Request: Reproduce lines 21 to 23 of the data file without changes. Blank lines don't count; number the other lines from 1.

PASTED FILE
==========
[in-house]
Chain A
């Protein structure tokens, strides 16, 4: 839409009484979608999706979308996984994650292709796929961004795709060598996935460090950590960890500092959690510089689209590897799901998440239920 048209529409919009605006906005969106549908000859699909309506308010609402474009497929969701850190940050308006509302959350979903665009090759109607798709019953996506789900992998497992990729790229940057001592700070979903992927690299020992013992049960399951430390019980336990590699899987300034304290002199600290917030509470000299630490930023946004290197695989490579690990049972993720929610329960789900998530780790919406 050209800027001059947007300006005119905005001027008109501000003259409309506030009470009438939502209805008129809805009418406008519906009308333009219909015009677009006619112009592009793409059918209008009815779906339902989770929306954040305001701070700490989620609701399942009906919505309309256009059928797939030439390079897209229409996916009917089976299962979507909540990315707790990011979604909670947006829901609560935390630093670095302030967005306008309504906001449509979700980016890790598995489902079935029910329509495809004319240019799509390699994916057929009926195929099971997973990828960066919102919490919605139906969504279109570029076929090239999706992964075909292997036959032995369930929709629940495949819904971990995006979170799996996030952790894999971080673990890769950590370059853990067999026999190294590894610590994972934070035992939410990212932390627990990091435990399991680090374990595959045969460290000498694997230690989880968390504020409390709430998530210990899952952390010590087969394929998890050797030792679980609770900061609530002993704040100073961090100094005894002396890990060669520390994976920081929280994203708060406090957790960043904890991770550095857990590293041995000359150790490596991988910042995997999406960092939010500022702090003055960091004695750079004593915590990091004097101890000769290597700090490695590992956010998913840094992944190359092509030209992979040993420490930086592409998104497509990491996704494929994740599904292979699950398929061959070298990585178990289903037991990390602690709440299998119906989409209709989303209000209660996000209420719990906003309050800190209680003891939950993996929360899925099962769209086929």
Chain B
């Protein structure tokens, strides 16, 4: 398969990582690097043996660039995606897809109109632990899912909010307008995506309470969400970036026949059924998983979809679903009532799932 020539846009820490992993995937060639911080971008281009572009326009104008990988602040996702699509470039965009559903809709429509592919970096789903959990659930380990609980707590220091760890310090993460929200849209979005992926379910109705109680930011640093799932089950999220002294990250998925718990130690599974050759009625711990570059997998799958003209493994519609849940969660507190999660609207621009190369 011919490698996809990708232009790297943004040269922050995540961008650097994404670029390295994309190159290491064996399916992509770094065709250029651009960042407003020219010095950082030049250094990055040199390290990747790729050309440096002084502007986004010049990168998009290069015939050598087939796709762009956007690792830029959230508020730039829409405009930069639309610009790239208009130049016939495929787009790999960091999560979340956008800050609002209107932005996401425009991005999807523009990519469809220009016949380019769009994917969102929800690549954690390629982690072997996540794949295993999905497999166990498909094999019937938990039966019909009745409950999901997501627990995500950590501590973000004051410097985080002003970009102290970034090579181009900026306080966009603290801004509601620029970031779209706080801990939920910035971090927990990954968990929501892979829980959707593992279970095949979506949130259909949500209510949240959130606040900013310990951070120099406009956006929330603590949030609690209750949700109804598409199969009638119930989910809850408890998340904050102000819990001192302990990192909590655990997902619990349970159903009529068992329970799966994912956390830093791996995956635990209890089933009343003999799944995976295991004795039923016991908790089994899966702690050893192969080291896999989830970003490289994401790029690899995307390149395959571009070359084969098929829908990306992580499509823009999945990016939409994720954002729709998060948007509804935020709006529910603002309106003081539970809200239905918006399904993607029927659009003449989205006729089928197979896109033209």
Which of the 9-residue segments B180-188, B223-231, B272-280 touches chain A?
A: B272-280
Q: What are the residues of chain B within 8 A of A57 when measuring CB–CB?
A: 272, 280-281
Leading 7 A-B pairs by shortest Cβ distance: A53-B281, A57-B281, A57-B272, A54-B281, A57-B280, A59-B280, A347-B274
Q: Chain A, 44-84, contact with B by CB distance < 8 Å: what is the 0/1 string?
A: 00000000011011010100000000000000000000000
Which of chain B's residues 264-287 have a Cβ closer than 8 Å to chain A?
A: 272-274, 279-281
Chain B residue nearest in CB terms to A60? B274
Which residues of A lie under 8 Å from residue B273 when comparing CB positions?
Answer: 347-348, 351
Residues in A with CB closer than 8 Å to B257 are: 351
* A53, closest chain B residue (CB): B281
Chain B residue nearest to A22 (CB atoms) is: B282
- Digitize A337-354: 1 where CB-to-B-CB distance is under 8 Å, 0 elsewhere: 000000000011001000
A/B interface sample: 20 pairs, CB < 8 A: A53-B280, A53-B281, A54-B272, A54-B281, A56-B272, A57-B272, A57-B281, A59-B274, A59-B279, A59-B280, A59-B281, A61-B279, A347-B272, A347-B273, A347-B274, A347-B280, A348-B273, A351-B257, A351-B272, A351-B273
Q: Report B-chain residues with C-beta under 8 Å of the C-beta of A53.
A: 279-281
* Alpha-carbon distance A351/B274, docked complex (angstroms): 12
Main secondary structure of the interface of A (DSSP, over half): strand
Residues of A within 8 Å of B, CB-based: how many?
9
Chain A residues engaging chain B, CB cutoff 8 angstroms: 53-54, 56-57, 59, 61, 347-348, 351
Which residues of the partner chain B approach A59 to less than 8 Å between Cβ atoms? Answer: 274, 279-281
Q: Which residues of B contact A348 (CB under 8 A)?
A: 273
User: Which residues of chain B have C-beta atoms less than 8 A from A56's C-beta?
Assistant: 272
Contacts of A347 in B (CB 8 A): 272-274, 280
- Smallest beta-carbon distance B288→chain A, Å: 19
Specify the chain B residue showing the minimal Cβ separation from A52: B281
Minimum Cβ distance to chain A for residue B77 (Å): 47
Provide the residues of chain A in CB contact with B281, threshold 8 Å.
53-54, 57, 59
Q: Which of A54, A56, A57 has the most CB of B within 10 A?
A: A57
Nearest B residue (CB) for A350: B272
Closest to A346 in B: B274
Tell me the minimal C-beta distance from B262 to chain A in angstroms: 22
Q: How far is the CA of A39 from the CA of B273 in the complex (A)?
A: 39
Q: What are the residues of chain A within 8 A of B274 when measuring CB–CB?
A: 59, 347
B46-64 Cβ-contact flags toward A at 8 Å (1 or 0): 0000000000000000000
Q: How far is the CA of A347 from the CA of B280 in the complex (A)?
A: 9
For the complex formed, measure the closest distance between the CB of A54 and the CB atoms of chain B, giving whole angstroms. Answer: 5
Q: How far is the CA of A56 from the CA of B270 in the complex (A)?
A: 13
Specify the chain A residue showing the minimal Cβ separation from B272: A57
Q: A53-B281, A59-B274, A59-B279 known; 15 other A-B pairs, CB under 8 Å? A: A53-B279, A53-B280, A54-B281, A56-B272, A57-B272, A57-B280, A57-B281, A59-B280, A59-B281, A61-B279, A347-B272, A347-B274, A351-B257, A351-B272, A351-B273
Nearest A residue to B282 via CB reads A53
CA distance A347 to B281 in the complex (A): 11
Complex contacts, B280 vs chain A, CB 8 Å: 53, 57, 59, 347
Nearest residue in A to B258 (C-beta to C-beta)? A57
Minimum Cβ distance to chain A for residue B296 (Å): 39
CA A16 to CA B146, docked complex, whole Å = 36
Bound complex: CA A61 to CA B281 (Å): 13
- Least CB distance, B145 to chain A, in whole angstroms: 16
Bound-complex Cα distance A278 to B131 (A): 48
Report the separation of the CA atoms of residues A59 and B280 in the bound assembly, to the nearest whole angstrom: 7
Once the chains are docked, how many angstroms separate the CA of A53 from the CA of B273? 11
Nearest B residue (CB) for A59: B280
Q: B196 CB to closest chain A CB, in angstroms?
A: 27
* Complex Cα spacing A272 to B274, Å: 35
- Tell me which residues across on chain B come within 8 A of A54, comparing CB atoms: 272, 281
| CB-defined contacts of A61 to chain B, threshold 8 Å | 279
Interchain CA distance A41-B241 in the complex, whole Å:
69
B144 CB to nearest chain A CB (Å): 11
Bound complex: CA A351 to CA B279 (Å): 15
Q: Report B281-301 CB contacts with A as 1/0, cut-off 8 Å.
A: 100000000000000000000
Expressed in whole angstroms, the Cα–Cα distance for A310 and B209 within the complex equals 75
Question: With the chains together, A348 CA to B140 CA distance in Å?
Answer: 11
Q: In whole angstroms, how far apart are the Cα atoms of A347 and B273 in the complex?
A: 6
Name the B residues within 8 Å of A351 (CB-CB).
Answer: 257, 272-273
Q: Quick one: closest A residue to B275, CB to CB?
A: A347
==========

- Digitize A337-354: 1 where CB-to-B-CB distance is under 8 Å, 0 elsewhere: 000000000011001000
A/B interface sample: 20 pairs, CB < 8 A: A53-B280, A53-B281, A54-B272, A54-B281, A56-B272, A57-B272, A57-B281, A59-B274, A59-B279, A59-B280, A59-B281, A61-B279, A347-B272, A347-B273, A347-B274, A347-B280, A348-B273, A351-B257, A351-B272, A351-B273
Q: Report B-chain residues with C-beta under 8 Å of the C-beta of A53.